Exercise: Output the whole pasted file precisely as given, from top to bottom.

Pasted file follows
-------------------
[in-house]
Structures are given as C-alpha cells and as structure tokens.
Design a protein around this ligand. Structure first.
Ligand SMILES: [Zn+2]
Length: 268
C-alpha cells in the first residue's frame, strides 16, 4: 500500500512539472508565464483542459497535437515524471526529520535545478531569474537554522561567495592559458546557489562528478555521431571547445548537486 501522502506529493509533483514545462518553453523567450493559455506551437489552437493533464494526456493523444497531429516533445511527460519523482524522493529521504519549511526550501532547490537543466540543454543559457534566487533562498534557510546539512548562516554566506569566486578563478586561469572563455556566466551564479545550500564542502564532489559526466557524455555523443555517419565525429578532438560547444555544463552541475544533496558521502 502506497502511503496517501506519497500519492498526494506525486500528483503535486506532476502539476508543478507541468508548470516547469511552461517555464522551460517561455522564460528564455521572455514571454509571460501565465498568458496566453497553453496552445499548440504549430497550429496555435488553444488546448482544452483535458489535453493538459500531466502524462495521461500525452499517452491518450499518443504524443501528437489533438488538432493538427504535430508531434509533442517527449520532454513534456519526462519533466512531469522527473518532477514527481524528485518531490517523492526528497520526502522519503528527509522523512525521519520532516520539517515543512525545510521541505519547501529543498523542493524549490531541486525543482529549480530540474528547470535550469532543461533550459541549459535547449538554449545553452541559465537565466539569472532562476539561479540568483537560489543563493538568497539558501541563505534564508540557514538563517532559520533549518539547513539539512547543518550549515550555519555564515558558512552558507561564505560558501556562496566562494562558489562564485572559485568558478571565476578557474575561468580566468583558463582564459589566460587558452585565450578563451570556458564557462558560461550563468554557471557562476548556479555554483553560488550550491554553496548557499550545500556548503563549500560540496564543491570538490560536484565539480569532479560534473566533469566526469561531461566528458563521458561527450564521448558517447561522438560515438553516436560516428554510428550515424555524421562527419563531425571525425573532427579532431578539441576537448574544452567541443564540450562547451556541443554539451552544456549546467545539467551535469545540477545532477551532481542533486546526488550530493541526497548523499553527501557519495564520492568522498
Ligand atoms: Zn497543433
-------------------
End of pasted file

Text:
[in-house]
Structures are given as C-alpha cells and as structure tokens.
Design a protein around this ligand. Structure first.
Ligand SMILES: [Zn+2]
Length: 268
C-alpha cells in the first residue's frame, strides 16, 4: 500500500512539472508565464483542459497535437515524471526529520535545478531569474537554522561567495592559458546557489562528478555521431571547445548537486 501522502506529493509533483514545462518553453523567450493559455506551437489552437493533464494526456493523444497531429516533445511527460519523482524522493529521504519549511526550501532547490537543466540543454543559457534566487533562498534557510546539512548562516554566506569566486578563478586561469572563455556566466551564479545550500564542502564532489559526466557524455555523443555517419565525429578532438560547444555544463552541475544533496558521502 502506497502511503496517501506519497500519492498526494506525486500528483503535486506532476502539476508543478507541468508548470516547469511552461517555464522551460517561455522564460528564455521572455514571454509571460501565465498568458496566453497553453496552445499548440504549430497550429496555435488553444488546448482544452483535458489535453493538459500531466502524462495521461500525452499517452491518450499518443504524443501528437489533438488538432493538427504535430508531434509533442517527449520532454513534456519526462519533466512531469522527473518532477514527481524528485518531490517523492526528497520526502522519503528527509522523512525521519520532516520539517515543512525545510521541505519547501529543498523542493524549490531541486525543482529549480530540474528547470535550469532543461533550459541549459535547449538554449545553452541559465537565466539569472532562476539561479540568483537560489543563493538568497539558501541563505534564508540557514538563517532559520533549518539547513539539512547543518550549515550555519555564515558558512552558507561564505560558501556562496566562494562558489562564485572559485568558478571565476578557474575561468580566468583558463582564459589566460587558452585565450578563451570556458564557462558560461550563468554557471557562476548556479555554483553560488550550491554553496548557499550545500556548503563549500560540496564543491570538490560536484565539480569532479560534473566533469566526469561531461566528458563521458561527450564521448558517447561522438560515438553516436560516428554510428550515424555524421562527419563531425571525425573532427579532431578539441576537448574544452567541443564540450562547451556541443554539451552544456549546467545539467551535469545540477545532477551532481542533486546526488550530493541526497548523499553527501557519495564520492568522498
Ligand atoms: Zn497543433